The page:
Skip to main content


Today I am going to write an article on Bhutanese famous tea - suja. People call this tea, butter tea which is not wrong but if you break the word suja it means su=churn and ja=tea. In the olden days Bhutanese used to be a large joint and extended family and suja was made using huge pot and almost 0.5 meter tall churner called the “Ja-su” . The churning was basically to melt the butter and thoroughly mix the butter in the tea. But these days u hardly see the churner anymore, most people use blenders even in the villages since these days there are only few members in the family.
Anyways, in this article I will help you make suja and it is actually quite simple. Plus I will also teach you a cheater’s way of making a suja. First we will go with the original suja. You will need tea leaves and it’s not the one we use to make milk tea…it is a little different and I am not sure if it is available everywhere. There are two types of tea leaves, one is processed and we get it for sale in the market and the other one is plain tea leaves (and I am really sorry because I don’t know the name of the tree). You can either use the processed tea leaves alone or mix the two. These tea leaves are really strong and give you a really bitter taste. But let me not freak you out now and go step wise.
Boil it, strain it and dilute it
(L)Processed & (R) Plain Tea leaves and soda 
I am using  unsalted butter
  1.   Take a small pot and boil the tea leaves (I am not sure of the ratio but this is basically to get the juice of the leaves so use your guess and boil it) with a pinch of soda.
   2.      Simmer the heat and let the tea boil, try to get as much taste and color from the leaves.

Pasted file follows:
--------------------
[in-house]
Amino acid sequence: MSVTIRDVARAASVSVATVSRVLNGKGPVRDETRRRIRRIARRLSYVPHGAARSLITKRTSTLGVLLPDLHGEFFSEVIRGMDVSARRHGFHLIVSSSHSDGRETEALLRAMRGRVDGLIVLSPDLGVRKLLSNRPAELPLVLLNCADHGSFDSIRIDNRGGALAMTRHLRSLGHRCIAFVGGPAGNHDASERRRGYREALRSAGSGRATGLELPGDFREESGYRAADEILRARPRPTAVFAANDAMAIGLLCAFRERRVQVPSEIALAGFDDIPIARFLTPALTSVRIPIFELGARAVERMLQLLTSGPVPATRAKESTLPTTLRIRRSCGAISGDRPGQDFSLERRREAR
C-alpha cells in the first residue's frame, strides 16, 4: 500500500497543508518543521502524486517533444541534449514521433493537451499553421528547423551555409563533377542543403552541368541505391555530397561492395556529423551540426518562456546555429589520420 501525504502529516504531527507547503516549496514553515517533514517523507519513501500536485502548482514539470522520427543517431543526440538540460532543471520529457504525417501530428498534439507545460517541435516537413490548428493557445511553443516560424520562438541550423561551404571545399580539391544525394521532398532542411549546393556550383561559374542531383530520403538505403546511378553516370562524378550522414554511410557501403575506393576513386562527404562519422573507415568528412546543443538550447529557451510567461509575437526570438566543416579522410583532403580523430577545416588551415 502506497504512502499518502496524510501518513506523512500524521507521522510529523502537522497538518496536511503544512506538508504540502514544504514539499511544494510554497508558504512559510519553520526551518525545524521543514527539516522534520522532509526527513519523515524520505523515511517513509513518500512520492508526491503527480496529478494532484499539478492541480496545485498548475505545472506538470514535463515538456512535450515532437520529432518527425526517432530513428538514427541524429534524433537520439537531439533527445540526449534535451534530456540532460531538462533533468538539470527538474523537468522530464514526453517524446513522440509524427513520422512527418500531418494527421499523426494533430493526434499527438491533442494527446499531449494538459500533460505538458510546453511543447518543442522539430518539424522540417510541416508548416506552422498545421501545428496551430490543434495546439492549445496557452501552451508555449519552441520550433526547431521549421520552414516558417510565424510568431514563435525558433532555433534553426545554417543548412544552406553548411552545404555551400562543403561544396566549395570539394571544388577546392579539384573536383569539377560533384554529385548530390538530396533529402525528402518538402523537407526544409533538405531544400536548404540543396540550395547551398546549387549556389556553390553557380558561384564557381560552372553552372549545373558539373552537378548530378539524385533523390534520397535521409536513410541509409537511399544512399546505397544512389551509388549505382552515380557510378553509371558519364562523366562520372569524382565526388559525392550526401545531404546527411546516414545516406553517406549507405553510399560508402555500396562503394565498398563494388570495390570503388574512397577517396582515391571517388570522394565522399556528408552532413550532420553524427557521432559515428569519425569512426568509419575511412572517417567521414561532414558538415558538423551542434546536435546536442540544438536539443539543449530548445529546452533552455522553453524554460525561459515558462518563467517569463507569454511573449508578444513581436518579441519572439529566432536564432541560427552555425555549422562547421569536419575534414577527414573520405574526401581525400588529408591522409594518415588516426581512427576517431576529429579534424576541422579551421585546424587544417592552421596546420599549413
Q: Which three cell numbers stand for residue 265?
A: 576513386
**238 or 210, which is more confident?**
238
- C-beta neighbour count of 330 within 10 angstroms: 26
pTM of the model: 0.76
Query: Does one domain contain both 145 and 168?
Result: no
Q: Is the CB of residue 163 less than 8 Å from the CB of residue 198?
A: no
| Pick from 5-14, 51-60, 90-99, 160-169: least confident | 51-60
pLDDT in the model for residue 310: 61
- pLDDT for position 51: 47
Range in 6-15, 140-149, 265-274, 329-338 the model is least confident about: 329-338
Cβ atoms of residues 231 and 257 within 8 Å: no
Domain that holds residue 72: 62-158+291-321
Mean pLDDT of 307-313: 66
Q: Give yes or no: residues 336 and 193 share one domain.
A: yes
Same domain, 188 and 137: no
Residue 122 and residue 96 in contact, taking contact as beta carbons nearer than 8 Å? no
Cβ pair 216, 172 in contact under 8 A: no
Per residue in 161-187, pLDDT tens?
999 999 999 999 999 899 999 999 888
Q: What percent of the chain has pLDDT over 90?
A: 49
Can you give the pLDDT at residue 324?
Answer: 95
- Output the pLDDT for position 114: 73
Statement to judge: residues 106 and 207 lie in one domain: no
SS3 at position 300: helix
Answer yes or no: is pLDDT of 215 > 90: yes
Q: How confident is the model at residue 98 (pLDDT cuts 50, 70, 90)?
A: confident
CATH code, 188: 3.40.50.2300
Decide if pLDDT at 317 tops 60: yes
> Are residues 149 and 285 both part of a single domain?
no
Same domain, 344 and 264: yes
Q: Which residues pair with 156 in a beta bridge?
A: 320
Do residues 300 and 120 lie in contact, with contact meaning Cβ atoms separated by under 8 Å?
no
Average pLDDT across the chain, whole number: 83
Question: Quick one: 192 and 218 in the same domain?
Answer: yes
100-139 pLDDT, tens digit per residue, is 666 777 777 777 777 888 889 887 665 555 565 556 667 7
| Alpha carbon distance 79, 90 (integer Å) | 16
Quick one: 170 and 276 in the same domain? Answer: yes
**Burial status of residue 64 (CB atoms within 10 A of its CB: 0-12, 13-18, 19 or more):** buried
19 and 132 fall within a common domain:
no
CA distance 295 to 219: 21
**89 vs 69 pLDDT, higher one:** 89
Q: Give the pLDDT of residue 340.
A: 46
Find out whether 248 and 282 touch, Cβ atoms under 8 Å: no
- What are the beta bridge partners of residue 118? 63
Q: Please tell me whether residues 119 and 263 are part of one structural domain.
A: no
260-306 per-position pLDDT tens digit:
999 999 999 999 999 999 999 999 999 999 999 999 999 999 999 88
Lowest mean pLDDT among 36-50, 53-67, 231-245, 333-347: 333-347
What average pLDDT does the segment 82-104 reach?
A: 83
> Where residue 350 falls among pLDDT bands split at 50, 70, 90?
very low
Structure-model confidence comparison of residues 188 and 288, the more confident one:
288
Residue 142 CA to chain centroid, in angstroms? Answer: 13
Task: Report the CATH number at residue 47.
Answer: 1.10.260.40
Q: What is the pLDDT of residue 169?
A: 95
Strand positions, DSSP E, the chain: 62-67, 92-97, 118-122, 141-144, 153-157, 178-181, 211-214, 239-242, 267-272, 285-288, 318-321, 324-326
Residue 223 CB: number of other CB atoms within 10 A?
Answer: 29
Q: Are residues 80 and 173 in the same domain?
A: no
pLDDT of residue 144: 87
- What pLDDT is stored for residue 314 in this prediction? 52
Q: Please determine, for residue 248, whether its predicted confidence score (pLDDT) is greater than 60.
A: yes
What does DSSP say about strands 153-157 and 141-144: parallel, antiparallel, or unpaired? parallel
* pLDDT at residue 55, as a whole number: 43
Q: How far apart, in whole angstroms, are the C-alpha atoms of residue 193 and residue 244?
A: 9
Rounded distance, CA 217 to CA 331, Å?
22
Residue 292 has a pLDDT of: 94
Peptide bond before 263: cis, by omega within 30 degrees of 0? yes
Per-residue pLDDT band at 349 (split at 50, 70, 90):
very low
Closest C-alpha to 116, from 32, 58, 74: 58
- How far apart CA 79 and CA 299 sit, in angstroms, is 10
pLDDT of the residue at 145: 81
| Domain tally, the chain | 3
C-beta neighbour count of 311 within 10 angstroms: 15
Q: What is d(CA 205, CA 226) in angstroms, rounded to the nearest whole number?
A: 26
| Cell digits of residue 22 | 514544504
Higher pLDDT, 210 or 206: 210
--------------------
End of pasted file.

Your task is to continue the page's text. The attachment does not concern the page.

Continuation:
3.      Strain the juice into another container and add hot water to dilute the juice you extracted (I would say the diluted color should be almost like a diluted raspberry juice ^_^).
  4.      Add butter and salt to your liking and a tea spoon of milk powder (to balance the color of the tea) the blend it until the tea is a little foamy
  5.      Suja is ready to be served.
Final look of "ready to drink" suja 
Krematop powder
Now this next technique is to make suja the cheater’s way… (lol) and I have no idea who thought of it, I saw my mother make it and she drinks it this way because she is not allowed too much butter and in this technique you can do away with the butter. But you will need “Krematop” it is a non-dairy creamer, this is actually used to make coffee. I have only used krematop but using this logic, I am sure any non-dairy creamer will do the trick. Anyways to go on with the steps:
Repeat step 1 till 3 from the previous method and add the non-dairy creamer and salt to the tea to your liking…believe it or not it gives the same taste and looks. Only few people notice the difference. Krematop has this buttery taste to it so it substitutes butter really well. The justice is done and it is like no compromise is made…in fact this easy suja is taken by most people who loves suja but can’t take butter for health reasons. It is like a rescue suja for them…haha
Anyways I hope you guys will be able to make suja easily hence forth…enjoy the tasty suja dear readers ^_^


  1. ooooh, the cheating tip is really useful =)
    Is there a particular time it is drunk - like after meals, in winter, in the evening etc ?


    1. Oh m glad it helped u :) and as for when we drink suja? There no rules for it, most of the time it is served during festivals, family gatherings, to guests...but sometimes we just drink it because we feel like drinking it =) bottom line is you can drink it whenever and with whoever you want